All Banana Boat sunscreens are rated at SPF 50+ (except for the Aloe Lip Balm at SPF 30+) and all of them are four hours water resistant. The range includes specially tailored products for sensitive skin, babies’ skin, kids’ skin, and faces, as well as for use during sports, beach trips, and heavy duty sun exposure. With products coming in tubes, aerosol sprays, pump bottles, spray bottles, roll-ons, and lip balms, there are plenty of options.
For more affordable sun protection, Coles covers all the basics. Its Everyday SPF 50+ sunscreen comes in 1L or 500mL pump packs so you can stock up nicely for the summer. The Coles range also includes a light feel SPF 30+ lotion, a moisturising SPF 50+ lotion for dry skin, a kid-friendly SPF 50+ trigger spray sunscreen, and a SPF 30+ facial sunscreen.
Woolworths has a wide range of sunscreens for different skin types and sun protection needs at affordable prices. Woolworths’ general use SPF 50+ sunscreen comes in 1L and 500mL pump bottles, 100mL tubes and 175g sprays. The range also covers sports sunscreen, kids’ sunscreen and babies’ sunscreen in the form of various lotions, sprays and roll-ons. There’s also clear zinc cream and coloured zinc sticks.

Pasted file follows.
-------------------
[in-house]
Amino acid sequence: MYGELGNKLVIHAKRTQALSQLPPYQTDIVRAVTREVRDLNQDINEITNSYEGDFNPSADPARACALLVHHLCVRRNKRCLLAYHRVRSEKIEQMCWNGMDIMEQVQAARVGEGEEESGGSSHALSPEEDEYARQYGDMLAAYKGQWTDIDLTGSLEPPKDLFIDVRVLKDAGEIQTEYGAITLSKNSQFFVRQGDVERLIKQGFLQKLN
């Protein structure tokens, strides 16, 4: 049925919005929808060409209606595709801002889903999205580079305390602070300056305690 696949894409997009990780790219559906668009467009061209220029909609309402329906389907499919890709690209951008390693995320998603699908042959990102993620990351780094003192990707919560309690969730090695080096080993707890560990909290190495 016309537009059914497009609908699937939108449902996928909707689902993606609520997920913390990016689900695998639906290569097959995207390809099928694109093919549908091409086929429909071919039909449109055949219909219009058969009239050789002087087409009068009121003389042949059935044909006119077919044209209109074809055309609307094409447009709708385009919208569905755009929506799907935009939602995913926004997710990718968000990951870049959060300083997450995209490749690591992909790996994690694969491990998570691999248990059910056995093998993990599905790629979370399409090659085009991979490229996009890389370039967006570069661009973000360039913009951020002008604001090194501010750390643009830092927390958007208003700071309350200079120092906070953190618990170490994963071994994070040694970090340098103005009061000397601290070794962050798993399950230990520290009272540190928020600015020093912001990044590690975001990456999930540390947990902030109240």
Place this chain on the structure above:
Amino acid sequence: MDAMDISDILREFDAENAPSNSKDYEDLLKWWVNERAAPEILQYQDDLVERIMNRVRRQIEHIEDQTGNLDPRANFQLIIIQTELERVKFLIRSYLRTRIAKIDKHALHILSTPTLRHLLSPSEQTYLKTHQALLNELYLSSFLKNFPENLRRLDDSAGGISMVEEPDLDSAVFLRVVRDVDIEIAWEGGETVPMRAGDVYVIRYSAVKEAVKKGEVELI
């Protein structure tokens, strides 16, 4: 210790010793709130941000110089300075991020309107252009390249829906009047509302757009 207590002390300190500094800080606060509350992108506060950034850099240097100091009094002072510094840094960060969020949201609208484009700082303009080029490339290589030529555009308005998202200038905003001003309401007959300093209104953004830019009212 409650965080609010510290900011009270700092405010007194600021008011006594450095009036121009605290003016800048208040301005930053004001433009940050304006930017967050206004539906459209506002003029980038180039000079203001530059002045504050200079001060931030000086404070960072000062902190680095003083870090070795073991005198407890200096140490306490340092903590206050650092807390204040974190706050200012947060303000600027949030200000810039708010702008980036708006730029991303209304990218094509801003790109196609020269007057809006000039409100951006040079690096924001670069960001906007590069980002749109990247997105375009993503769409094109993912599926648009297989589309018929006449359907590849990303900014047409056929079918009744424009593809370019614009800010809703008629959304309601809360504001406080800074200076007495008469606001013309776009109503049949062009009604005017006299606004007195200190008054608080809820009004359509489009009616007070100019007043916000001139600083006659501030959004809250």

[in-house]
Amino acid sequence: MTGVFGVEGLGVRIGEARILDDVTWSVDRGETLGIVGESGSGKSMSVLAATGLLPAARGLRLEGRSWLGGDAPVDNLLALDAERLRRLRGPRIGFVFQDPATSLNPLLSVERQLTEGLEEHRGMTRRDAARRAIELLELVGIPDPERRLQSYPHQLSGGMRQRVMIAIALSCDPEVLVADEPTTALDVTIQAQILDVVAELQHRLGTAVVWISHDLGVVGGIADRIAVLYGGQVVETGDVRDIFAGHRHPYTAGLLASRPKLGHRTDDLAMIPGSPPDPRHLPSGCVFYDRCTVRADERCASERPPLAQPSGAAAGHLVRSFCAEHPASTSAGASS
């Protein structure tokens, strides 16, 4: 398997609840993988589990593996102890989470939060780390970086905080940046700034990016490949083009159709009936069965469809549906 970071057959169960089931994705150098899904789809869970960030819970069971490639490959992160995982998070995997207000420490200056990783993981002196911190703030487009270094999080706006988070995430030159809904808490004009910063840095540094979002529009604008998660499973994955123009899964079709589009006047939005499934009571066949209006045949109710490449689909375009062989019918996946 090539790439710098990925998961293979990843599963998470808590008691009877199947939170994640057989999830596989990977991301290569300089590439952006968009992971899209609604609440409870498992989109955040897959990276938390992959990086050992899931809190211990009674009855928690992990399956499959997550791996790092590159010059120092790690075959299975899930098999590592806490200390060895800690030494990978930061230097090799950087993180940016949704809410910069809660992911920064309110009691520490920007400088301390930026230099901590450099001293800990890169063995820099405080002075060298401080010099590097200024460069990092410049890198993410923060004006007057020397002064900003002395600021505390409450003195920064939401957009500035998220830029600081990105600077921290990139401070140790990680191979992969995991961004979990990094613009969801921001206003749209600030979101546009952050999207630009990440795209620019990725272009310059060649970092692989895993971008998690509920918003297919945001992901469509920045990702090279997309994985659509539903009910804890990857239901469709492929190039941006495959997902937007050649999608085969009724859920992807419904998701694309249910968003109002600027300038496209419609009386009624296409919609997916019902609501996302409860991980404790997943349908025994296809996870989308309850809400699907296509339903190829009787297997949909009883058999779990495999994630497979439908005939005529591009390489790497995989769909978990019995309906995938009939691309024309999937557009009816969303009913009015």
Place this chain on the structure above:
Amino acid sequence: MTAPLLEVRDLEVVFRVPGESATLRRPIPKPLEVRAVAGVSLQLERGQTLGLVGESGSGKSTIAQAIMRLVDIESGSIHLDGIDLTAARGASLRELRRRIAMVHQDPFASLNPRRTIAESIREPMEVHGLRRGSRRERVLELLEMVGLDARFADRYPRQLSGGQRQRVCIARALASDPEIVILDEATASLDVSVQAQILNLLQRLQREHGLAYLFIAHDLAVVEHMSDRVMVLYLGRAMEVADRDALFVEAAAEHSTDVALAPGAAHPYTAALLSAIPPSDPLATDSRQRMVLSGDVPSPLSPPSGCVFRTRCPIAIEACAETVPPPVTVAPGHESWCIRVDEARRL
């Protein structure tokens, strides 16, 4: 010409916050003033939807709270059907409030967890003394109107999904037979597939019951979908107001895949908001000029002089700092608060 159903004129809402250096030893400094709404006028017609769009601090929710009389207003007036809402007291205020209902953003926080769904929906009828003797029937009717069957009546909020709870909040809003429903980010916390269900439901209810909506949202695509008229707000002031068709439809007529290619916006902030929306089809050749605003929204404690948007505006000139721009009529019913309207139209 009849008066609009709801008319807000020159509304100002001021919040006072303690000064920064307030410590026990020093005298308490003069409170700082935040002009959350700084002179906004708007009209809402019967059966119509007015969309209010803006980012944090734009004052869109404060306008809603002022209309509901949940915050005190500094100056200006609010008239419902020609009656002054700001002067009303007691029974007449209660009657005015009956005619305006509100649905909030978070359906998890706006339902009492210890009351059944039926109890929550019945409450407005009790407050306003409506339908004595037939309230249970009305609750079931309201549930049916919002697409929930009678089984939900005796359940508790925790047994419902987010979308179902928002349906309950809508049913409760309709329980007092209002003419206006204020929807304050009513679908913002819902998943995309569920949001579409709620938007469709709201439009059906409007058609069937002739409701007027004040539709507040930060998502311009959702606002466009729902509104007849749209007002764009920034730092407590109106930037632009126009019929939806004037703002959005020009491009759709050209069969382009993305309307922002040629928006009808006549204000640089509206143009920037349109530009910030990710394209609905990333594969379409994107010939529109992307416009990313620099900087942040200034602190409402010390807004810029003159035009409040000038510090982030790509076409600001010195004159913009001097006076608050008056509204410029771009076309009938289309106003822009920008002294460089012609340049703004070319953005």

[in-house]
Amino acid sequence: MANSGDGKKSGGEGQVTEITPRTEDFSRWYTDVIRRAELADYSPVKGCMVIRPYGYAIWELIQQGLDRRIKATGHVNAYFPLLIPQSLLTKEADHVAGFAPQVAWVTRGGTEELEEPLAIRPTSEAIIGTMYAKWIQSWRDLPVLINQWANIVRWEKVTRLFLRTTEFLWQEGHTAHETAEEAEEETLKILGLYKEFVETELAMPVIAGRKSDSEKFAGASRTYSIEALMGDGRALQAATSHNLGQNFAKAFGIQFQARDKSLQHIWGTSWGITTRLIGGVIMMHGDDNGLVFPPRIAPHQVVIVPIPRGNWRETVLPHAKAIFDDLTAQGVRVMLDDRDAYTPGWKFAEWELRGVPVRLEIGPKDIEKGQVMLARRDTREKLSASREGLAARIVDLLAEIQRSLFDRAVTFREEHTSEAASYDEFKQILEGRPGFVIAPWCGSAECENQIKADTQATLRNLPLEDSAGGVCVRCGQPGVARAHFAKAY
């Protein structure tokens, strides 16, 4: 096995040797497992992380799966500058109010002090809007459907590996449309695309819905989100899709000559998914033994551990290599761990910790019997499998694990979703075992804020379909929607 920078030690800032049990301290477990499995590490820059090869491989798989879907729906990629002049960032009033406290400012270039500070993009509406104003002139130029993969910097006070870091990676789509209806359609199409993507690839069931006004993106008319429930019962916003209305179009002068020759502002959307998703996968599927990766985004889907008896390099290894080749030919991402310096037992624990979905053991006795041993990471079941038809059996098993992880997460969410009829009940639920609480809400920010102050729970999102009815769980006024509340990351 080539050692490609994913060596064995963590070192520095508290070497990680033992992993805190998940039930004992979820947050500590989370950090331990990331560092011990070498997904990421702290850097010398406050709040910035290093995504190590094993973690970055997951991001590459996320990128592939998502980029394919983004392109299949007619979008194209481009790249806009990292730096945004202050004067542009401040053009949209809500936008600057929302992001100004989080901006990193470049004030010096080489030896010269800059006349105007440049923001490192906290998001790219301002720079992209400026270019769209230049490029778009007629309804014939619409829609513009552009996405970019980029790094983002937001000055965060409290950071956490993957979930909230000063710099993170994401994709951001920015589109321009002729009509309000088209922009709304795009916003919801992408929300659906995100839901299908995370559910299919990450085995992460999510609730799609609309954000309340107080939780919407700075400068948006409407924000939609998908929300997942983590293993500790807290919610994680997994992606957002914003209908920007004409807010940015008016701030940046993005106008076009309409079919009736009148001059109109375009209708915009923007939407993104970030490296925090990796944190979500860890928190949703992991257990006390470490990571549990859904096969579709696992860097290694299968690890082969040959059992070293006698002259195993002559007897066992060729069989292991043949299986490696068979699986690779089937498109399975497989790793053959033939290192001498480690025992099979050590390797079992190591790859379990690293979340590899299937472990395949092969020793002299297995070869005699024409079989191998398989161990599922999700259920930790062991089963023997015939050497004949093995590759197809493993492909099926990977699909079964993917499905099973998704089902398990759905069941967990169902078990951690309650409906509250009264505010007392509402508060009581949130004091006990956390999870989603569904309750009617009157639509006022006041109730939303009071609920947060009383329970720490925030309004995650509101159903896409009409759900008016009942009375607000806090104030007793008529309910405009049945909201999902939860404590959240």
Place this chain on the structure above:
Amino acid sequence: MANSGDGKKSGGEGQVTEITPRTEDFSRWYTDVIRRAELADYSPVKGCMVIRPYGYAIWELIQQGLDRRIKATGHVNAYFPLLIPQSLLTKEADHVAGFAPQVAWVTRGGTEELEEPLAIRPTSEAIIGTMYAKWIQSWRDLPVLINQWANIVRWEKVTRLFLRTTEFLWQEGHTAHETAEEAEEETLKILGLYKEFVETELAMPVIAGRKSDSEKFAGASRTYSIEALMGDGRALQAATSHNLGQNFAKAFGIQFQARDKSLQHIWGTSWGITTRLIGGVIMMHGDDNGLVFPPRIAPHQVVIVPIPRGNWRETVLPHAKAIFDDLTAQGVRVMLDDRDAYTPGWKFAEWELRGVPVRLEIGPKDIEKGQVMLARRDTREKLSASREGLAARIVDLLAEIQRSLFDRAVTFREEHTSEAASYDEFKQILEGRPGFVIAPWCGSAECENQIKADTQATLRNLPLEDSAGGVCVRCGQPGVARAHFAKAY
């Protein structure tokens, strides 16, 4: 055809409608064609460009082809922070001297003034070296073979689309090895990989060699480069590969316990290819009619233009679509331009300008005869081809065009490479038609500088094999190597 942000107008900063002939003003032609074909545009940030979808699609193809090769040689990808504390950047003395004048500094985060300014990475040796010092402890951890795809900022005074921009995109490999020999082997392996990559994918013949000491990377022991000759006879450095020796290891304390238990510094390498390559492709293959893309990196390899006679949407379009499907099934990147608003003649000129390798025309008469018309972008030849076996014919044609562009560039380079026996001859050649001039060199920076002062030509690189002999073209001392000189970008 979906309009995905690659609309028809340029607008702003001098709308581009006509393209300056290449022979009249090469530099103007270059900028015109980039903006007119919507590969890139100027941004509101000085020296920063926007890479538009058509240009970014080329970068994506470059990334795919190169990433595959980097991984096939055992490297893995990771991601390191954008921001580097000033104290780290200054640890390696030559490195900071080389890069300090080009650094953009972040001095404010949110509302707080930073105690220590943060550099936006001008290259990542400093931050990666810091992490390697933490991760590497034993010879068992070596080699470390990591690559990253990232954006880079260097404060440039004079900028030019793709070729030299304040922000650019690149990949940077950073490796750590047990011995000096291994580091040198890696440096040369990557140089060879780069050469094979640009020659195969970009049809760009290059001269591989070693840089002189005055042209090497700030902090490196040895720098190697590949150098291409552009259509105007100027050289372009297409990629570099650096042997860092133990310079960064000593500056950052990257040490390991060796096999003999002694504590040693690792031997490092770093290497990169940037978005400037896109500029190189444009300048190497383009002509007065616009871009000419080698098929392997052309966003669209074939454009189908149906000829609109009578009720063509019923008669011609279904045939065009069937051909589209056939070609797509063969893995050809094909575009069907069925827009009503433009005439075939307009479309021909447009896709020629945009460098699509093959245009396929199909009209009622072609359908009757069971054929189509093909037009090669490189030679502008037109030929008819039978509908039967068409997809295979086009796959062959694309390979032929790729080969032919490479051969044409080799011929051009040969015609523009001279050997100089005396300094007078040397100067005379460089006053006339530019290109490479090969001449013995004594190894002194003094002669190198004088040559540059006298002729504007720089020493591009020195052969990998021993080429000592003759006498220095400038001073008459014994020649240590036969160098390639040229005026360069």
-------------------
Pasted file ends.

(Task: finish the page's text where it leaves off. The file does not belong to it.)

The aim of our customer reviews is to help consumers make more informed purchase decisions. When you next buy sunscreen, it’s worth keeping these ratings in mind because they reflect the real life experiences of the people who took part in this survey. Used correctly, all of the brands featured in this review should keep you adequately safe in the sun. But some might be better at it than others.
Canstar Blue commissioned Colmar Brunton to survey 3,000 Australian adults across a range of categories to measure and track customer satisfaction. The outcomes reported are the results from customers within the survey group who have purchased and used sunscreen in the last 12 months – in this case, 1,597 people.
Brands must have received at least 30 responses to be included. Results are comparative and it should be noted that brands receiving three stars have still achieved a satisfaction measure of at least six out of 10. Not all brands available in the market have been compared in this survey. The ratings table is first sorted by star ratings and then alphabetically. A rated brand may receive a ‘N/A’ (Not Applicable) rating if it does not receive the minimum number of responses for that criteria.
Sunscreen Reviews & Ratings - March 14th
A Canstar Blue survey shows parents with young kids are more likely to spend long periods in the sun without protection.– Read more
Sunscreen Reviews & Ratings - February 23rd
Mother-of-two Melinda Uys offers her advice on how to keep your children safe, and happy, in the sun.– Read more